Small wind case study: Technology education teacher puts the wind in his students' sails
The Milford High School graduating class of 2007 was no ordinary one. In past years most graduates of this 200-student, grade 7-12 school in Milford, Utah looked forward to working for the railroad or the local hog farm, the town’s two major industries. But at least three students from that graduating class wanted to do something that was unheard of in the past—they wanted to build wind turbines.
Andy Swapp is the driving force behind Milford High’s interest in renewable energy and wind power. As the technology education teacher, Swapp teaches his students about much more than computers and graphic design. He also teaches his students how to make their own energy. In his renewable energy class, Swapp teaches students how to choose the right site for a wind turbine, how to install a turbine, and how to calculate the monthly power output.
Developing a renewable energy curriculum
Swapp built the curriculum for his renewable energy class from scratch. When Swapp first moved back to his home state of Utah, his first encounter with the wind was less than favorable. Not long after buying a small farm and plowing his field for the first time, the wind blew so hard it picked up the topsoil and sandblasted the side of his barn. He was very upset at the time, angry with the wind for causing him so much trouble. That was his first encounter with the great wind resource just waiting to be tapped in western Utah.
After only a few years living back in Utah and two years teaching technology education, Swapp’s interest in renewable energy prompted him to attend a wind power seminar. He applied for and won an anemometer, or wind monitoring device, for his farm. During installation of that first anemometer, he brought his 8th grade technology students to help erect the new device. That was back in 2003. That first trip to the farm gave his 8th-grade students their first look at the great wind resource right in their backyards.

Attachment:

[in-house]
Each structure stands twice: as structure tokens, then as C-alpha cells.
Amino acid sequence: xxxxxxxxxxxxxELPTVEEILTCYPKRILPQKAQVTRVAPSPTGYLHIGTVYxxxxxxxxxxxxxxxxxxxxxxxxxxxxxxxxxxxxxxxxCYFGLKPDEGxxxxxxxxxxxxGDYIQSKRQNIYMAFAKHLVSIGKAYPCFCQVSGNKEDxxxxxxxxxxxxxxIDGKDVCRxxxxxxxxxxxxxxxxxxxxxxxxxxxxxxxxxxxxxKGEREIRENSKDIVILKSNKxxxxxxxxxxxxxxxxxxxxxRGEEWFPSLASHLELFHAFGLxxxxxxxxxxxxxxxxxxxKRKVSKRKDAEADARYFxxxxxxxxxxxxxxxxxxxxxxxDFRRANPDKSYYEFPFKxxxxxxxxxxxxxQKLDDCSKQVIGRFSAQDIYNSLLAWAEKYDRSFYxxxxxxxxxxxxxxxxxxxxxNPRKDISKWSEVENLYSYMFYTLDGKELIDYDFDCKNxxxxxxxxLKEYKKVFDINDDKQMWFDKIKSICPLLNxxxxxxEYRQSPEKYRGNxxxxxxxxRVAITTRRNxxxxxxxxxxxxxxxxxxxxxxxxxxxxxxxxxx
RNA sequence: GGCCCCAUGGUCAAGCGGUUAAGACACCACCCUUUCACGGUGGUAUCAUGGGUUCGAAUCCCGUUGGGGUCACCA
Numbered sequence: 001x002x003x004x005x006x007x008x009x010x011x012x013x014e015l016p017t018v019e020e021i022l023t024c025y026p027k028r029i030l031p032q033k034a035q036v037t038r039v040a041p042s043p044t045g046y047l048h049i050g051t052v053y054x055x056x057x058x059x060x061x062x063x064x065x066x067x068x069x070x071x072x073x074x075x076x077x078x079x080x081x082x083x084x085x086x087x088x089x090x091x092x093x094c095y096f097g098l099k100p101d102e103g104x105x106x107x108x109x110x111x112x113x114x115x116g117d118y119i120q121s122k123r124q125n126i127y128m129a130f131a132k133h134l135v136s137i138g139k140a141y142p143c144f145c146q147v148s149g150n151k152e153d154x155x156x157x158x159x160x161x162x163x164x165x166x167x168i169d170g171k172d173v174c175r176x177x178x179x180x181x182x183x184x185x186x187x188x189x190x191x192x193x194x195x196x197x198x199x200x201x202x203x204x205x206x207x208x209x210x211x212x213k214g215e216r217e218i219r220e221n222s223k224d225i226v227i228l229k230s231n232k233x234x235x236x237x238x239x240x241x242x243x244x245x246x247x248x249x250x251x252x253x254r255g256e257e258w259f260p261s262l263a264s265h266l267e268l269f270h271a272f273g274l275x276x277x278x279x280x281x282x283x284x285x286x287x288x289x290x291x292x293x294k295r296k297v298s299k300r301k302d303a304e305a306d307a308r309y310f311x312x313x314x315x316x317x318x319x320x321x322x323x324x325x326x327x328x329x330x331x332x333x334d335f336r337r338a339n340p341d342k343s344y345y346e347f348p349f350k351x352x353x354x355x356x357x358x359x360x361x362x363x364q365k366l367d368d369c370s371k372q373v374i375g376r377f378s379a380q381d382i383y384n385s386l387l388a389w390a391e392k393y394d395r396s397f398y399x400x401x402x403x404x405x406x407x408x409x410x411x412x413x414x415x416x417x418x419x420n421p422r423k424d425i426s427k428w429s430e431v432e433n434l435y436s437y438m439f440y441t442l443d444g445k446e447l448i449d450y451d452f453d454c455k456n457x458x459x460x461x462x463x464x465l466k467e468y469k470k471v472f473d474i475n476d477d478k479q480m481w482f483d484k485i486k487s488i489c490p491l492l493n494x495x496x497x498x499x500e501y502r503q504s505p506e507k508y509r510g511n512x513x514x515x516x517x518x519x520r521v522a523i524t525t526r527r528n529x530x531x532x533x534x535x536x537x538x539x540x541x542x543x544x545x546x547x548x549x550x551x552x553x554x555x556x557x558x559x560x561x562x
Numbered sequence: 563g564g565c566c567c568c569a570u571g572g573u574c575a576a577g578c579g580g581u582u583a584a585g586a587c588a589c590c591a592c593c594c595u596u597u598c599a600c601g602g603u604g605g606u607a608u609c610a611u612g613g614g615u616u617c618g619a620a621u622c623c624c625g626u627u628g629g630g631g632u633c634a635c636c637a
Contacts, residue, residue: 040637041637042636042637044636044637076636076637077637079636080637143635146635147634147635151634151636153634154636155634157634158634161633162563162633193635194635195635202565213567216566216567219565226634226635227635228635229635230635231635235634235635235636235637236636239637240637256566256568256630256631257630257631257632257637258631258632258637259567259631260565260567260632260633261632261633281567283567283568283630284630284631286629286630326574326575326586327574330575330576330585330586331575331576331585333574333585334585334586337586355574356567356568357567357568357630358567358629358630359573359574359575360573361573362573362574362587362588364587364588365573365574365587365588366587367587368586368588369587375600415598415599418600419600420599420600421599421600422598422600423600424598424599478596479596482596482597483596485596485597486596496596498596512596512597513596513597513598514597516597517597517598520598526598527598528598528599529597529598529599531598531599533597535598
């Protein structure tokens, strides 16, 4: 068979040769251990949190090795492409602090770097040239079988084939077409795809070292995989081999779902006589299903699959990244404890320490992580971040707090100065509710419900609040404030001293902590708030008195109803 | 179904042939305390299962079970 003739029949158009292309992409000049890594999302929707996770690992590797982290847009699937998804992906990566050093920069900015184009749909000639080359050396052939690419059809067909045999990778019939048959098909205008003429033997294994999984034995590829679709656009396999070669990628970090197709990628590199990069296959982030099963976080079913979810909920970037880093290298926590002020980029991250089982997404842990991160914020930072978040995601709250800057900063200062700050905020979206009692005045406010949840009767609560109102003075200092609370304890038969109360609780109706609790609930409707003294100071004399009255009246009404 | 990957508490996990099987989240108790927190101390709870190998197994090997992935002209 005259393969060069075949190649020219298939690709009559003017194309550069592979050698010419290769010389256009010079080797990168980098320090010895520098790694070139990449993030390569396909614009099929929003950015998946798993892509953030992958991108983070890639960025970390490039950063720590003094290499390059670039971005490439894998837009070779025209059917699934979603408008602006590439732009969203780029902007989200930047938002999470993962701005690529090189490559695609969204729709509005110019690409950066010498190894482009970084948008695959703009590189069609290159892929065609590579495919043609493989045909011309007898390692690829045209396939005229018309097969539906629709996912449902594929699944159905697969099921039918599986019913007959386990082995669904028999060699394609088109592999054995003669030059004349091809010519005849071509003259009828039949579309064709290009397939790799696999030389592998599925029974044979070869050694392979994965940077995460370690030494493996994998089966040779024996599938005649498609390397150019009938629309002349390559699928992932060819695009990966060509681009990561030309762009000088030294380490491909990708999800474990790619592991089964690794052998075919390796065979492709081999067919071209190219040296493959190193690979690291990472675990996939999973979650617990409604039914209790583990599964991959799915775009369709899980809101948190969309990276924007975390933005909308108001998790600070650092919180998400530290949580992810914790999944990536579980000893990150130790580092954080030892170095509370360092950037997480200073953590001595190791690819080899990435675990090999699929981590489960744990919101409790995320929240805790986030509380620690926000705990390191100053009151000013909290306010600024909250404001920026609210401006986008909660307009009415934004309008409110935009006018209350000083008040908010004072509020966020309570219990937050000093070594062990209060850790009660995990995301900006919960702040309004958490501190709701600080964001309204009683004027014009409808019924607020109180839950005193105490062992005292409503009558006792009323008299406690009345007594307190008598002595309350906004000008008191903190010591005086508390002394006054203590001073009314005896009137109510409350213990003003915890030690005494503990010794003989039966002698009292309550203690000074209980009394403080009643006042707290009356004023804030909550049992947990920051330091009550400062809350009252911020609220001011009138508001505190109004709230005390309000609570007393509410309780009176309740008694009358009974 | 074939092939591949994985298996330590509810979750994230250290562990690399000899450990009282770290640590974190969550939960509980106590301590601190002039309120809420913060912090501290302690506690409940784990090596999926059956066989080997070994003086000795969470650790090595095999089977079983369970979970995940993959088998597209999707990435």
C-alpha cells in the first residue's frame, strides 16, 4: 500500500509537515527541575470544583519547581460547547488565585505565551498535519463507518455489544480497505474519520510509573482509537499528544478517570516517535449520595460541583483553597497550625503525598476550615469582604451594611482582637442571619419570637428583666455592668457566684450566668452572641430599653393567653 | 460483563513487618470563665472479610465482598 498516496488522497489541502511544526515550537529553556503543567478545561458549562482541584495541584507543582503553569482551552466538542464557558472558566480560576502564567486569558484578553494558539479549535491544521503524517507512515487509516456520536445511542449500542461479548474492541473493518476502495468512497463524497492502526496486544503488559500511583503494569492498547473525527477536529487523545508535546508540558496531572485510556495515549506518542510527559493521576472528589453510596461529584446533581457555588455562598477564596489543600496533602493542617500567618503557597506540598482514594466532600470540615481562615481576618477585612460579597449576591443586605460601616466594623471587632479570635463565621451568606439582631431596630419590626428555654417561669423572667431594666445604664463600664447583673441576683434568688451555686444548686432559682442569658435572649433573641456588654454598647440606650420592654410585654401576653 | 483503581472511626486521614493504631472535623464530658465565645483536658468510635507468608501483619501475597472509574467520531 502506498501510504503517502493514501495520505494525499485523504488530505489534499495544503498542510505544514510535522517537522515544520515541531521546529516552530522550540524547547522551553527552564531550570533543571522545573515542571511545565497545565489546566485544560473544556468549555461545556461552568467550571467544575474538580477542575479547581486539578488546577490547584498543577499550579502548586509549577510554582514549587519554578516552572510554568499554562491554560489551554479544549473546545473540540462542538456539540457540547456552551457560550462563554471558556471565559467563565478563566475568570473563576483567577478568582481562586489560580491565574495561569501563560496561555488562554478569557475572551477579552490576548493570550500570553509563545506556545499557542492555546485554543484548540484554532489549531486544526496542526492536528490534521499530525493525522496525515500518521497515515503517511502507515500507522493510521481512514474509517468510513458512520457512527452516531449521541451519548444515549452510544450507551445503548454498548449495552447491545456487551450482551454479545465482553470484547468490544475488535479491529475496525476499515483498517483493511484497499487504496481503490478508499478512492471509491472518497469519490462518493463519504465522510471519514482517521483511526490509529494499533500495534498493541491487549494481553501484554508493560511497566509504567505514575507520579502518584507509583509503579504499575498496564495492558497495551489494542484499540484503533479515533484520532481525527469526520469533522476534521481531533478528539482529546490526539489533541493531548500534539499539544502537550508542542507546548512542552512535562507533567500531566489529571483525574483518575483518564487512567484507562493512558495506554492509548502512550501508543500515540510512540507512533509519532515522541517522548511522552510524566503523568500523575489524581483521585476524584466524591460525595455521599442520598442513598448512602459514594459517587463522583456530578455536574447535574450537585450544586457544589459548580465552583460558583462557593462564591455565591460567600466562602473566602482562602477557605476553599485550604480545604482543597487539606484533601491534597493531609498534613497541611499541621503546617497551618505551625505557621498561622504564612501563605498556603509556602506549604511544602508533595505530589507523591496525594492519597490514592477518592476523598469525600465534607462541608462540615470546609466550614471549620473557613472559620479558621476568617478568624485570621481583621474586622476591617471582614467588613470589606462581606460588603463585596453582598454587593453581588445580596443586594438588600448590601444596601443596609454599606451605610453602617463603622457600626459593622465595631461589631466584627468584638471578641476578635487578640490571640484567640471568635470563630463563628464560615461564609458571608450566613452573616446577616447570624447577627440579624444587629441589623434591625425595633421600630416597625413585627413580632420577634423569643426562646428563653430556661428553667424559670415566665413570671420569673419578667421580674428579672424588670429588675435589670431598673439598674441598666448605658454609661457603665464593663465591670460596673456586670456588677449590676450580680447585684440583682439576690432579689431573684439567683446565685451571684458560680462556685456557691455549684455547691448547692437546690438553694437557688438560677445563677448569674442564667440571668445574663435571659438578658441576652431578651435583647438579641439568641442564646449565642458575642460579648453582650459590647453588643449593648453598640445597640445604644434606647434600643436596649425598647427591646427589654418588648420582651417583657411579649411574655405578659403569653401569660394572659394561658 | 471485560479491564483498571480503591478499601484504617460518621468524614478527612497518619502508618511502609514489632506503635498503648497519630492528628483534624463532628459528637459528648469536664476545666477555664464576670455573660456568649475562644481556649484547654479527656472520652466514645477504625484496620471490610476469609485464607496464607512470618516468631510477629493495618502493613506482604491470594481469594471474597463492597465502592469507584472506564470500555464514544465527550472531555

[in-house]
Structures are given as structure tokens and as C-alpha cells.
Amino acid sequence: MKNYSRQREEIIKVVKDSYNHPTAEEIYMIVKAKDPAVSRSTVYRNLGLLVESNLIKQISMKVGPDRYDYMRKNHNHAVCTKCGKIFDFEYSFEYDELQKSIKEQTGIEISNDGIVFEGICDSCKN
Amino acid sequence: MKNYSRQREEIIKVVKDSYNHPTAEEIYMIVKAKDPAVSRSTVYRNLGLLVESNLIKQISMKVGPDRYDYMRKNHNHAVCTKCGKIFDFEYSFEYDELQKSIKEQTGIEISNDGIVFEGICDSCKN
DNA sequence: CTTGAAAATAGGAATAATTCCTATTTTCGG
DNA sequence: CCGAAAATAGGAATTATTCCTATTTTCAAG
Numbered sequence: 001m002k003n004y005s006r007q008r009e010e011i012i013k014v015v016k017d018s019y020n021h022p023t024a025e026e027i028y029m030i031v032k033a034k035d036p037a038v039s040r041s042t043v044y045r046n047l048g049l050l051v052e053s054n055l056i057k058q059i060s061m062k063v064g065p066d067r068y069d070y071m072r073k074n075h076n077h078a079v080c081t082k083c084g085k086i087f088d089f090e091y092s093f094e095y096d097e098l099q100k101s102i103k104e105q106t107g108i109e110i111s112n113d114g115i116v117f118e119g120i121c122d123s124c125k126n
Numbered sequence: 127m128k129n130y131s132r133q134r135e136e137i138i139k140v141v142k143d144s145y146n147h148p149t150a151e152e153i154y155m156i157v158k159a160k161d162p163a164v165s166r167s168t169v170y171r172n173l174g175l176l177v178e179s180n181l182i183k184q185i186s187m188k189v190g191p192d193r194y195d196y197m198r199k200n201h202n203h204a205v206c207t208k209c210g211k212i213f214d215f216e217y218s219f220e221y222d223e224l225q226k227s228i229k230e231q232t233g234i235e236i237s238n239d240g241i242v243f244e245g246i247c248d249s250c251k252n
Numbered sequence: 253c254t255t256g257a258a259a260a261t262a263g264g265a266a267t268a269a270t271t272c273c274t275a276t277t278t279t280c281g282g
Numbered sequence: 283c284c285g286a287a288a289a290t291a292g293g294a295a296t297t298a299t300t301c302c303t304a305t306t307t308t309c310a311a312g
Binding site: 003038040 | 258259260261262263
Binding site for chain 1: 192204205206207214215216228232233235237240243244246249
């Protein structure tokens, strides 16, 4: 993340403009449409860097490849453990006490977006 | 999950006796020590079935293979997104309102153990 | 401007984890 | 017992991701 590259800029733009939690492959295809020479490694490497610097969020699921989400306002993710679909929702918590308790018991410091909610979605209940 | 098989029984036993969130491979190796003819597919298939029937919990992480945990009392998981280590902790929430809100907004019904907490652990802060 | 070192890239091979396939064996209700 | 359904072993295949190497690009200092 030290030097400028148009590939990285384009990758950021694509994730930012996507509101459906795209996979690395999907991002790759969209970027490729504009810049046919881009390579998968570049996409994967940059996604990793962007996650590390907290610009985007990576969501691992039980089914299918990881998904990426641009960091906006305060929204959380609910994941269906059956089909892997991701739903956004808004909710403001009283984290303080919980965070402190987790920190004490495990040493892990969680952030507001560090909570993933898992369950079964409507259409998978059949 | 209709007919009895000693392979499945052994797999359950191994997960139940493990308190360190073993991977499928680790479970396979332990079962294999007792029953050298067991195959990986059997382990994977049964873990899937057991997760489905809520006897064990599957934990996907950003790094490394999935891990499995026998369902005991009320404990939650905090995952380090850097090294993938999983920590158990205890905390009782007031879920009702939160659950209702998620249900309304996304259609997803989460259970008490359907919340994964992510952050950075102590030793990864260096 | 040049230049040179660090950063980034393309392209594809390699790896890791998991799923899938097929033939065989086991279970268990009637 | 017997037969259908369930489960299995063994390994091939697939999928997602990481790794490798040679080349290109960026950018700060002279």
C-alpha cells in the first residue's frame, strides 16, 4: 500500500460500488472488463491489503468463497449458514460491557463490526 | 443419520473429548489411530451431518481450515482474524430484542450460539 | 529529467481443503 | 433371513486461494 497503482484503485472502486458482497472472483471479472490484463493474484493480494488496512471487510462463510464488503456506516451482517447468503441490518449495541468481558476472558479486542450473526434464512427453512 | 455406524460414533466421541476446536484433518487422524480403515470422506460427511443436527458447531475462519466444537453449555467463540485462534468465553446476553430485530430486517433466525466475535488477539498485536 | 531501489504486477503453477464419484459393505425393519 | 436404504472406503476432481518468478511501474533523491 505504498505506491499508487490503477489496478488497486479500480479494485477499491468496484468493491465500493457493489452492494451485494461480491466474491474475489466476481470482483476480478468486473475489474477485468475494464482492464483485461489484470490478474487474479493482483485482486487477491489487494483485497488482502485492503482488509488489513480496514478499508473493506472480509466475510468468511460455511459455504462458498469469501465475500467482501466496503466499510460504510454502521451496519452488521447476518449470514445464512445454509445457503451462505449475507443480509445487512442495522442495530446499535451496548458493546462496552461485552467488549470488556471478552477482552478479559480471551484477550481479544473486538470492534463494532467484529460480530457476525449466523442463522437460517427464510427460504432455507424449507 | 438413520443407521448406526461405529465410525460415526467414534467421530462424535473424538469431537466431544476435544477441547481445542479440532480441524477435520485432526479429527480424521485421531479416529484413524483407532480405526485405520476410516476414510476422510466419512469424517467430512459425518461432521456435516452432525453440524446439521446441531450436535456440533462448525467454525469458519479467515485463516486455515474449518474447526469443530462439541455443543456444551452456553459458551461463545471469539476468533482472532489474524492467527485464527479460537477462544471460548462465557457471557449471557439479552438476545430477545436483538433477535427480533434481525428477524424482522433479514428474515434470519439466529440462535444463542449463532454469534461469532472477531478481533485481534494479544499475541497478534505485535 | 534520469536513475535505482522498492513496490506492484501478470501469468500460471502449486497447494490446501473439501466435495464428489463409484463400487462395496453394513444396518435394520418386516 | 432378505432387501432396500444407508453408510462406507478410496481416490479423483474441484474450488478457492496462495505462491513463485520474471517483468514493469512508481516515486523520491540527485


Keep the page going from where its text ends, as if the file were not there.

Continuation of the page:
“We used the Pythagorean theorem to square out anchor points. The guy wire was the hypotenuse. It was math in action,” says Swapp. “It was a fantastic teaching tool to reinforce science and math. The kids will never forget it.”
Building & testing turbines at high school
One year later, Swapp put up his first turbine, at the local high school, with a $2,000 donation. He bought the Whisper 100 (900 W) turbine from Southwest Windpower along with a classroom model of the AIR X (400 W) turbine. One year later, Swapp applied to be a beta tester for Southwest Windpower’s Skystream 3.7 turbine (1,800 W).
Each new machine was a technology adventure for Swapp’s students. Each time, Swapp challenged his students to calculate the expected power output of wind turbines. “The formula is similar to those taught in our math classes,” says Swapp. He challenged his students to work with their math teacher to figure out the new formula. “Guys are in the classroom at lunch figuring out equations. How many times does a math teacher have students pounding on the door?”
Over the years, as Swapp built the renewable energy curriculum from the ground up, the school administration and school board were fully supportive.
“They agreed it would be a great teaching tool,” says Swapp. “The principal has been very supportive in our efforts. He’s really been a champion for wind.”
Renewable energy curriculum spurs wind farm installation
Today, Swapp travels around Utah sharing his curriculum with other technology education teachers. And Swapp’s actions have brought notoriety to the school. “When a sports team takes state, the hallways become cleaner. Putting up the turbine was like taking the championship for some sport.”
This is a great story, and it gets better. Swapp and his students actually paved the way for utility-scale wind in their county. The resource data they collected attracted the attention of wind developer First Wind. First Wind installed a 306-megawatt Milford Wind Farm, which now brings economic development to the area.